Empowering Organizational Health and Longevity
How Longevity is Culturally Learned
In my worldwide work with centenarians (one hundred years or older), I initially looked for genetic endowment as the main ingredient of healthy longevity. I was pleased to learn that, in the components of longevity, genetics only accounts for 20%. This level of genetic contribution has been confirmed with other researchers that have also studied centenarians worldwide. Given these findings, my focus shifted from genetic endowment to discovering the ingredients that were inherent in these very unique individuals who defy the established premises of conventional gerontology. I now differentiate between growing older, the passing of time, and aging, the cultural beliefs assimilated in the process of growing older. These embodied cultural beliefs are more contributory to healthy longevity than the emphasis conventional gerontology places on geography, diets, and genetics.
The development of culturally learned healthy longevity includes what in my view defines culture: the beliefs about aesthetics, ethics, religion, illness, wellness, kinship, socialization, and time perception that groups share. Interestingly, although cultures uniquely interpret each of these essential variables, I found a common denominator that I call individuated beliefs. In other words, centenarians perceive each of their culture’s beliefs as outliers rather than what the norm dictates. This outlier consciousness that I observed is apparent in how centenarians individuate each of the parameters that define their subcultures. For example, although centenarians share similar beliefs about wellness, they expand the horizons of the general concept embraced by their cultures to fit their needs based on personal experience rather than what is implicitly defined by their cultural editors (individuals endowed expertise in specific contexts).
Empowering Organizational Health and Longevity
The principles of centenarian consciousness can be applied to organizations with my model of Empowerment Code. It is within this model that businesses of any size can begin to implement strategies and tactics to improve the wellbeing of employees and companies. Key components of Empowerment Code are grounded in a navigational compass that balances wellness with productivity and accountability with teamwork. By empowering employees (i.e. providing access to resources needed to complete a task), meaning is found, and purpose is fulfilled rather than relying on measurements of “happiness at work,” which research shows little correlation to wellness and productivity. For example, employees could be very happy at work without necessarily being healthy or productive. My research shows that the opposite is also true. Individuals that bring meaning and purpose to a team are given more control as a unit of local intelligence to problem solve and continually make improvements throughout the company. The Empowerment Code model is based on the most resilient system in the world that makes hundreds of thousands of decisions per second under adversity - our immune system.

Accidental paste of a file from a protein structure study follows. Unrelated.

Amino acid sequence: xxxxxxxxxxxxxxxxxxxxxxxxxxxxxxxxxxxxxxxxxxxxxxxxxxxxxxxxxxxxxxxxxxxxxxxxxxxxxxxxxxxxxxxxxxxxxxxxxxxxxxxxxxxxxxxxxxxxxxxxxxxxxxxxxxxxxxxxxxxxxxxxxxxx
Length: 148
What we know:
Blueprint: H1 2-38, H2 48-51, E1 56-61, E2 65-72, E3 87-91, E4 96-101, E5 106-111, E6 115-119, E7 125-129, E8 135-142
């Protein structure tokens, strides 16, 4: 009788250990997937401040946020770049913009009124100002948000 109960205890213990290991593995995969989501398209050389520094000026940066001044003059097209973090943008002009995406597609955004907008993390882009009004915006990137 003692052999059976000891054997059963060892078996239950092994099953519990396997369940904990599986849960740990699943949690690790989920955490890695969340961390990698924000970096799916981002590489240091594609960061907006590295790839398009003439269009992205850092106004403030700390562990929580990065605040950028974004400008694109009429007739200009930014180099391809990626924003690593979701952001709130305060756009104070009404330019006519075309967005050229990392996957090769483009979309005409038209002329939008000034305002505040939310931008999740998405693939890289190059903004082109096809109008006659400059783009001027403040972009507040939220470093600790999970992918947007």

Creating Terrains for an Ecology of Empowered Longevity
The terrain of empowerment that I propose requires a paradigm shift of beliefs followed by action, from genetic sentencing to propensity for gene expression, differentiating aging from growing older, and understanding that meaning and purpose in life are powerful immunological enhancers. Additionally, rather than focusing on specific behavior change, shifting to identify terrains that maintain unwanted behavior and support desired outcome. Mind and body, self and others, self and terrains, are reciprocal networks of culturally based perceptions. For example, research in the field of psychoneuroimmunology (PNI) - how thoughts and emotions affect the regulation of nervous, immune, and endocrine systems - consistently show that shaming causes inflammation (increases in tumor necrosis factor and other pro-inflammatory molecules) as if the immune system were responding to external pathogens rather than to shaming words. Most fascinating however, is that individualist cultures ( US, UK, Australia) respond differently to shaming admonitions than collectivist cultures (Japan, Korea China). For individualist cultures, shaming the person causes the response, whereas for collectivist cultures, it has to be perceived as shaming the family or group before there’s an inflammatory PNI response! Most important however, inflammation, is one of the most prevalent conditions in illnesses including depression, cancer and autoimmune disorders.
When we recognize the importance of how healthy centenarians view their world as opportunities to thrive from adversity and celebrate life with meaning, we can begin to implement terrains that support centenarian consciousness to be learned at any age.
Mario Martinez, PsyD
Founder, Biocognitive Institute, Expert Longevity Center Europe
Dr. Martinez is a clinical neuropsychologist who specializes in how cultural beliefs affect health and longevity. He is the author of the bestselling books The MindBody Code: How to Change the Beliefs that Limit Your Health, Longevity.
Dr Martinez is conducting workshops for Longevity Center clients as well as interested organisations, mainly on Empowerment Leadership.